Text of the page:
Month: December 2016

This quiz was written by Benoît Mongeau


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It depends where you live how much pressure you’re under. I live in Florida so I’m very close to sea level, therefore the weight of the atmosphere is exerting right at 14.7 pounds per square inch (PSIA) of pressure on every surface in every direction.

When I hook up to a piece of equipment with my gauges, my gauges read zero, this is because I zero out my gauges so they compensate for the atmospheric pressure.

This is known as PSIG or pounds per square inch gauge, which is the pressure within the system minus 14.7 to compensate for the atmospheric pressure (zero out at the atmospheric pressure)

The issue is, not all locations have 14.7 PSIA.

In the chart above, the far left shows altitude (distance) above sea level and the far right column shows PSIA.

You can see if you are 6000 ft above sea level that there is about 3psi less pressure being exerted on you than where I live in Florida. This means that when you zero out you gauges the actual pressure in the system is 3 psi lower than your low lying brethren.

The problem is that most PT charts and gauges refer to PSIG with the 14.7 already added in. This means that calculating saturation temperatures to calculate evaporator temperature, superheat and subcool will be a real pain.

The easiest way to compensate (if you are at 6000 ft for example) would be to zero your gauge out at 3psi instead of 0, that way the compensation is already built in.

I know it doesn’t seem like much, but a 3 psi difference when taking an accurate superheat and subcool is quite significant, so this is more than just an intellectual exercise.

Some other consequences of altitude is that water boils at a lower temperature, making it more difficult to boil potatoes, but easier to pull a vacuum.

NOW – if you want to get really nerdy. Weather conditions can also alter PSIA based on barometric pressure… but seriously.

You can find a full calculator here just make sure to change the units to PSI and Ft. If you want to find the altitude of your location you can find that here

— Bryan

Electronic leak detection is a critical part of any HVAC technicians common practice. Unfortunately, it is also one of the most common sources of misdiagnosis. Here are my tips to make your leak detection more successful.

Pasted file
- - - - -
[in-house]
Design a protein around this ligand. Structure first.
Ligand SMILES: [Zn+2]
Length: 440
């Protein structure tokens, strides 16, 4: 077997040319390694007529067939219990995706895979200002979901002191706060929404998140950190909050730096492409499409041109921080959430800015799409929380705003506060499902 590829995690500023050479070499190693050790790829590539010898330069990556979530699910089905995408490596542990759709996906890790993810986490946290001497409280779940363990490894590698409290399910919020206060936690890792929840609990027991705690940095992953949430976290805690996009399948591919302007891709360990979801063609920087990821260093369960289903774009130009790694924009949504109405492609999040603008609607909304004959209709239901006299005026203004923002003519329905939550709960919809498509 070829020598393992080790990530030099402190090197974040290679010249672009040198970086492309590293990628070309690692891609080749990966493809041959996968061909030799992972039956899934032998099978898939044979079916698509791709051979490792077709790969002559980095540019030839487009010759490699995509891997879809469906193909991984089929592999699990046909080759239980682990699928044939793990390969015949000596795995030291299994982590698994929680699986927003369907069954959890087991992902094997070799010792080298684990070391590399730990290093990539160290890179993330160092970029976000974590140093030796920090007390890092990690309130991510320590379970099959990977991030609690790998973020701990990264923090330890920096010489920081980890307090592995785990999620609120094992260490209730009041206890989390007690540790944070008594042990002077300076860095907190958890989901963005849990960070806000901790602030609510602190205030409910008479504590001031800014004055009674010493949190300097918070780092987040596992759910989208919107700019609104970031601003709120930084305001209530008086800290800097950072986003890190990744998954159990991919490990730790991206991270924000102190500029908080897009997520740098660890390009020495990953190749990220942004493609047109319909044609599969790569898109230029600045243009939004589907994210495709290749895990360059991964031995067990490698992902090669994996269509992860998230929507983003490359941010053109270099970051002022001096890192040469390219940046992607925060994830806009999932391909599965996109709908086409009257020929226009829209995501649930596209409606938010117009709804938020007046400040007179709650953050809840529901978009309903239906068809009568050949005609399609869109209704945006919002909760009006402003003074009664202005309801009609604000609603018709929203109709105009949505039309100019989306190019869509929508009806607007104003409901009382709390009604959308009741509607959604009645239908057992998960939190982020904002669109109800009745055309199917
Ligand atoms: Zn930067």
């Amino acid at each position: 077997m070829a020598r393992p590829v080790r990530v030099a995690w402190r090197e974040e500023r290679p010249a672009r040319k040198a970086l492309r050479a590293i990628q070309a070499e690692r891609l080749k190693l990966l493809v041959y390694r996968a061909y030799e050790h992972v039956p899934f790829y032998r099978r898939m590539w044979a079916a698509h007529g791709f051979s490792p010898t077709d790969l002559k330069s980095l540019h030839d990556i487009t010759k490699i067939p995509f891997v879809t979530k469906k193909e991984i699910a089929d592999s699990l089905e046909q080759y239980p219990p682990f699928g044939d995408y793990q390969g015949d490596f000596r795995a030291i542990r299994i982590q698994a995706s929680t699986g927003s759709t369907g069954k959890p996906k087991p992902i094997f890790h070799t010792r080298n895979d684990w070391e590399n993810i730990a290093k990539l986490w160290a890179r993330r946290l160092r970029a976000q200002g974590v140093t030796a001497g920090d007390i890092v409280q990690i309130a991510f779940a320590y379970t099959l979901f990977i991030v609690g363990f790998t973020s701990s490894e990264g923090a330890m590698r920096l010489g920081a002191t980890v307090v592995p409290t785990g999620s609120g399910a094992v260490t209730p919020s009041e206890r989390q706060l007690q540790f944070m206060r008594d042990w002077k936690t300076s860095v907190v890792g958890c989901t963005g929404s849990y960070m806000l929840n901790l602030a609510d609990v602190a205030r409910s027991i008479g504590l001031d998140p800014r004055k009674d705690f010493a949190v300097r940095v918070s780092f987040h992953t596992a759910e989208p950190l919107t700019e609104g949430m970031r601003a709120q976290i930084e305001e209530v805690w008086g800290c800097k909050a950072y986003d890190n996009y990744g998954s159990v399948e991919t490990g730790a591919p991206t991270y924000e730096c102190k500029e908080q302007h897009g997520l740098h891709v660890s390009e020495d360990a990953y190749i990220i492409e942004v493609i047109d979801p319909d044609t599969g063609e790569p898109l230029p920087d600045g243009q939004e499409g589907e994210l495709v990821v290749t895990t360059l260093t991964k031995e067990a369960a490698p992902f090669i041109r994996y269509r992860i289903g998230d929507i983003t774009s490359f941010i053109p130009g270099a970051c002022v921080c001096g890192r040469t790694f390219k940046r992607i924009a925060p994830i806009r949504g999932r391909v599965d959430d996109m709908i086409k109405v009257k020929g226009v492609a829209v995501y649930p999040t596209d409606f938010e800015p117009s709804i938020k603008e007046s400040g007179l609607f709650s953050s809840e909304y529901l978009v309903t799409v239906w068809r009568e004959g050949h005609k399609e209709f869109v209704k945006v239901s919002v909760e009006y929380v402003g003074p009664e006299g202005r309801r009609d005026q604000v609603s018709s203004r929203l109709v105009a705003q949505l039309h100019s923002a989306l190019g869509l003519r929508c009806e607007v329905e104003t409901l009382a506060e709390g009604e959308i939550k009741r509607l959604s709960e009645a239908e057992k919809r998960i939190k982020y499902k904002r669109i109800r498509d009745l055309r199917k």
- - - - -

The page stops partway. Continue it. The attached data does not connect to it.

Use Your Detector Second 

Before starting to use your detector STOP! look for signs of leaks and corrosion throughout the entire system. I see so many techs who use an electronic leak detector with a very large leak when they would have been better served pressurizing and pinpointing the leak with soap bubbles.

Get a Good One

Use a good quality leak detector. Hint: If it costs less than $300 it probably isn’t great. I am fan of the H10G and the H10Pro although we are testing the Tifzx-1 as a possible option on the recommendation of a few good techs I trust.

Test Your Tools

Check your detector and make sure it actually works EVERY TIME. The H10G has a reference bottle for testing.. USE IT

Let it Warm Up

Many leak detectors require a warm up time for the sensor. With the H10G I allow it to run for at least 5 minutes before I start to use it. 

Start at The Top

Most refrigerants are heavier than air, starting at the top and working your way down will help keep you from picking up a leak below the actual point of origin.

Don’t Rush

Move really slow and when you do get a hit, remove the wand, let it clear and go back to the same point a few times before calling it a leak. Once you think you found a leak, attempt to use bubbles to fully confirm.

Use Common Sense

No matter what leak detector manufacturers tell you.. there ARE other substances that can trigger your detector and refrigerant can move from one place to another due to drafts. I have seen several cases where chemicals in a garage are triggering the detector or where a tech has misdiagnosed an evaporator coil because of a chase leak where the refrigerant is being pulled from beneath the unit into the return. Look around and make sure there is nothing causing interference.

Be Sure

Before you condemn that coil BE SURE. Use all of your resources to positively confirm the exact location of the leak. A little patience goes a long way.


— Bryan

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